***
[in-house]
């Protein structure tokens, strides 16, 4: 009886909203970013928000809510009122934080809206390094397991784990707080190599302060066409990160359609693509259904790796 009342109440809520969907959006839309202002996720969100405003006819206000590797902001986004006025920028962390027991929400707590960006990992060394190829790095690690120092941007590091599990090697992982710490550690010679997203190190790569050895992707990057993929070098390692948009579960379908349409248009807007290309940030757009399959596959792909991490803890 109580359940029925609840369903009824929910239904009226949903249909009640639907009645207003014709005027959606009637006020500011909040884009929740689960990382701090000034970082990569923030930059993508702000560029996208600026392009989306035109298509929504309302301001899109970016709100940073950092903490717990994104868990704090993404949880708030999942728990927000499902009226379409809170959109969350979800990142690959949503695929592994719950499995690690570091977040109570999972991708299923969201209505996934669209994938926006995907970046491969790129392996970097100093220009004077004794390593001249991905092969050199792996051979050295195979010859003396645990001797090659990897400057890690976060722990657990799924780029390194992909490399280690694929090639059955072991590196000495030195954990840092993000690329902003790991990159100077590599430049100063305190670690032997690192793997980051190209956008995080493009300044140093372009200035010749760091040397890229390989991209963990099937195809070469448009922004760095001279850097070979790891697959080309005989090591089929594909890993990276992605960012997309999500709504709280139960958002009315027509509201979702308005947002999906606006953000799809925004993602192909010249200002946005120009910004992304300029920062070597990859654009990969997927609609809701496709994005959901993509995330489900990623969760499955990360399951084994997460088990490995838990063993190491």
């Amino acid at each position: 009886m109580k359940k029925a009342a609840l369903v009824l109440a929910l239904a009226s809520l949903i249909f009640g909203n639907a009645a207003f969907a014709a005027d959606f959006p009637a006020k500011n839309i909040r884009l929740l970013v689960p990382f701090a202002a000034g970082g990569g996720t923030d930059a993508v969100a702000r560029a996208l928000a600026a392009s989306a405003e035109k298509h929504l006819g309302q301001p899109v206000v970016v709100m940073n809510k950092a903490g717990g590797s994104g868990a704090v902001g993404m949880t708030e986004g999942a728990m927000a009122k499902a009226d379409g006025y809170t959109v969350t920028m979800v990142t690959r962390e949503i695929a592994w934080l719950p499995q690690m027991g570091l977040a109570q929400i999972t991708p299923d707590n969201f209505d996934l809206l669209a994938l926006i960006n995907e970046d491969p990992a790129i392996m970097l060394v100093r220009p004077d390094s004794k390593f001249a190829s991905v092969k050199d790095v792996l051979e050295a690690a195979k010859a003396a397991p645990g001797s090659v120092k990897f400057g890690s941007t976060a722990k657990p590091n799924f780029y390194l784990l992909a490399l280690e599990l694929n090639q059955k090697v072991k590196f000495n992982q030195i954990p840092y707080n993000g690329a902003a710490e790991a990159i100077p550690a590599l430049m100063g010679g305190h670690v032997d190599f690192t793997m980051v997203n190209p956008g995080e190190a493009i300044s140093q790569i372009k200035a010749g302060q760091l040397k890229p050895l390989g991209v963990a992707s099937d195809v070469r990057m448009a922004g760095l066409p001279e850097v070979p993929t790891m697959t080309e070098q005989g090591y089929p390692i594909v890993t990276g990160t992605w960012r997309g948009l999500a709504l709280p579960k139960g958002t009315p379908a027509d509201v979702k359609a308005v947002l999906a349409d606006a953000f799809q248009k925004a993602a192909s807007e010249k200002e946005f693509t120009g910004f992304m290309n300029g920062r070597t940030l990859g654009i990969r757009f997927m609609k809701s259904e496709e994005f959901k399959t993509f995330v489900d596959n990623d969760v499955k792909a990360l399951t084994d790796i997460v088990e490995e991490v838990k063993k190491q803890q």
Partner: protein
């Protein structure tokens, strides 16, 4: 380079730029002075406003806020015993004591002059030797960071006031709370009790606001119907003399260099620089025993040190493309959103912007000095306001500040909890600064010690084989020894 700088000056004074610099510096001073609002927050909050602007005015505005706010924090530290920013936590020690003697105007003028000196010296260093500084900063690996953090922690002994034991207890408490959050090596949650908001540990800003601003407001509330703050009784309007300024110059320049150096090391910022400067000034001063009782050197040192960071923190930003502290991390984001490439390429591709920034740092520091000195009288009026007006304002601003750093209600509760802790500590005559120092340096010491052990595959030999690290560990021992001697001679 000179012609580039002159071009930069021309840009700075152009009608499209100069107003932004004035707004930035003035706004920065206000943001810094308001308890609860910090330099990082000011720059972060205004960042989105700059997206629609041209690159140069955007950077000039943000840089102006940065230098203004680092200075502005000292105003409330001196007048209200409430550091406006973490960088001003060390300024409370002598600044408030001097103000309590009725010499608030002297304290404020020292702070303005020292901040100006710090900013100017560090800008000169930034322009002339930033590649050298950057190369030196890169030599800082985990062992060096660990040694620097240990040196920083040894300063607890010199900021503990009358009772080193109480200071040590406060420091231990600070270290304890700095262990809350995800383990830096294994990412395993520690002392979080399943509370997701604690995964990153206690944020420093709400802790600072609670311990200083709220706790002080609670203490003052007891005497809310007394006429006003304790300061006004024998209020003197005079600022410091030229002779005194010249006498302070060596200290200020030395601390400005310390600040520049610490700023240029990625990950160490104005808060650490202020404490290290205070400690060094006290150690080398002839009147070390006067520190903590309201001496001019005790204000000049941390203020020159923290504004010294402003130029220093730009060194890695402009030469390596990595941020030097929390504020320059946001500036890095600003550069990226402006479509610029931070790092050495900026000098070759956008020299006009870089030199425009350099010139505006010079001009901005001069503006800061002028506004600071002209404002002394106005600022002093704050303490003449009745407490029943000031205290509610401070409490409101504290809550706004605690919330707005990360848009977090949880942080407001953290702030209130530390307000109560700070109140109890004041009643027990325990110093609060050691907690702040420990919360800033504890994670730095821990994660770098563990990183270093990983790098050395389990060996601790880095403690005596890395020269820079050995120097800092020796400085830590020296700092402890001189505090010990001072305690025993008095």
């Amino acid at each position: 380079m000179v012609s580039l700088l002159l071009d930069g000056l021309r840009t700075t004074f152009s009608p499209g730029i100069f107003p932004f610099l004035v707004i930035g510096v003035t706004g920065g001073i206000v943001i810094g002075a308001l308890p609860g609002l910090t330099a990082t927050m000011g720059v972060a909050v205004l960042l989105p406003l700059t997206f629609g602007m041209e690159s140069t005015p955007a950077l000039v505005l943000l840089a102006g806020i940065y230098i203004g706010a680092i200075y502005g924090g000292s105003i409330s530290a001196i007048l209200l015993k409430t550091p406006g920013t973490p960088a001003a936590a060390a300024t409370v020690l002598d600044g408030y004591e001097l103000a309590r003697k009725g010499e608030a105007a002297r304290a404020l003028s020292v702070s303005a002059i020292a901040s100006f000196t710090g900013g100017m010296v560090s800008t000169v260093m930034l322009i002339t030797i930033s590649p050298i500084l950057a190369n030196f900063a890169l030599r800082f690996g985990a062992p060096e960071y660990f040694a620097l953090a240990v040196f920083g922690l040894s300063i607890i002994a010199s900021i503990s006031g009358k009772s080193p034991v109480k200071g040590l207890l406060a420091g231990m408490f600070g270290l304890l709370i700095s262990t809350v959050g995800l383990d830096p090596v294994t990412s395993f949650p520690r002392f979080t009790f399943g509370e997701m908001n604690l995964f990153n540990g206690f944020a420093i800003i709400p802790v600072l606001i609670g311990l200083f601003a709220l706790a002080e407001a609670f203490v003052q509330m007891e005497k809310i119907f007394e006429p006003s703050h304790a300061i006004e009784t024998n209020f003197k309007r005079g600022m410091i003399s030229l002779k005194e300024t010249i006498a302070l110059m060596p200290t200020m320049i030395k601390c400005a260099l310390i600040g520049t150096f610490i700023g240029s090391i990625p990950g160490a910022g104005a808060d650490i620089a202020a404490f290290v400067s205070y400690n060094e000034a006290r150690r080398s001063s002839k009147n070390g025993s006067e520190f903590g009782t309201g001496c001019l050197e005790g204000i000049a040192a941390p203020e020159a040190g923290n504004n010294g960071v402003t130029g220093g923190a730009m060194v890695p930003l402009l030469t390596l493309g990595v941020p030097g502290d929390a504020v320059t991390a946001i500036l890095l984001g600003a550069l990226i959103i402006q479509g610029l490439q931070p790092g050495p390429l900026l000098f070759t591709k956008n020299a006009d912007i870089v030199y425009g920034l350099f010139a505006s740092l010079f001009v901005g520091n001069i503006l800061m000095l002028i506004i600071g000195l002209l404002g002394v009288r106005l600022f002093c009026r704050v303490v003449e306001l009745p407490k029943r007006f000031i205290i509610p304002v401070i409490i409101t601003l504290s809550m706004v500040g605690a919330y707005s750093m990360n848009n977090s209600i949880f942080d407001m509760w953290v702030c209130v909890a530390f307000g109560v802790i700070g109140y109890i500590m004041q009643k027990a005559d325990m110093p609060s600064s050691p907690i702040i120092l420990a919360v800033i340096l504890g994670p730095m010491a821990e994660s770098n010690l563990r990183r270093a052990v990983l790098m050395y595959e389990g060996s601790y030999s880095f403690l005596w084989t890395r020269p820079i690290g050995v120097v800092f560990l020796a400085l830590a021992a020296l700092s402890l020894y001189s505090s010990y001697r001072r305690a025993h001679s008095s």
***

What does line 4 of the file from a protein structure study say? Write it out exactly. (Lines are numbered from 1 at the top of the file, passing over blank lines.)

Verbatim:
Partner: protein